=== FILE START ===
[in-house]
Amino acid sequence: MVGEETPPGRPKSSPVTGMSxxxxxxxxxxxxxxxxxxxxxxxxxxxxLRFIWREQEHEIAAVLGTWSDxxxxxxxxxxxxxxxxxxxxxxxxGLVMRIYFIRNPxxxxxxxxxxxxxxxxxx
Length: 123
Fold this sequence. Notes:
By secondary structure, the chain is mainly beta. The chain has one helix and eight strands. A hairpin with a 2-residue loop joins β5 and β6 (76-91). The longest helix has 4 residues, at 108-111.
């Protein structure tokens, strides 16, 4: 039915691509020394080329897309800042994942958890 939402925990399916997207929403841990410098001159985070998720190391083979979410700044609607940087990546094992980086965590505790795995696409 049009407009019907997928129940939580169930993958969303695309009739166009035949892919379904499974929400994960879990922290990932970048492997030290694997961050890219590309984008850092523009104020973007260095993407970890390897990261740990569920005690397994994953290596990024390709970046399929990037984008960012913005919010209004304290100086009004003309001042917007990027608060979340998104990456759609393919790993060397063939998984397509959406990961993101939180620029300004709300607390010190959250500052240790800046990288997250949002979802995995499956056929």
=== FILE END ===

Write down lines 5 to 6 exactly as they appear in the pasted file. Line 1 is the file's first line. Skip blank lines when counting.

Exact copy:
By secondary structure, the chain is mainly beta. The chain has one helix and eight strands. A hairpin with a 2-residue loop joins β5 and β6 (76-91). The longest helix has 4 residues, at 108-111.
């Protein structure tokens, strides 16, 4: 039915691509020394080329897309800042994942958890 939402925990399916997207929403841990410098001159985070998720190391083979979410700044609607940087990546094992980086965590505790795995696409 049009407009019907997928129940939580169930993958969303695309009739166009035949892919379904499974929400994960879990922290990932970048492997030290694997961050890219590309984008850092523009104020973007260095993407970890390897990261740990569920005690397994994953290596990024390709970046399929990037984008960012913005919010209004304290100086009004003309001042917007990027608060979340998104990456759609393919790993060397063939998984397509959406990961993101939180620029300004709300607390010190959250500052240790800046990288997250949002979802995995499956056929």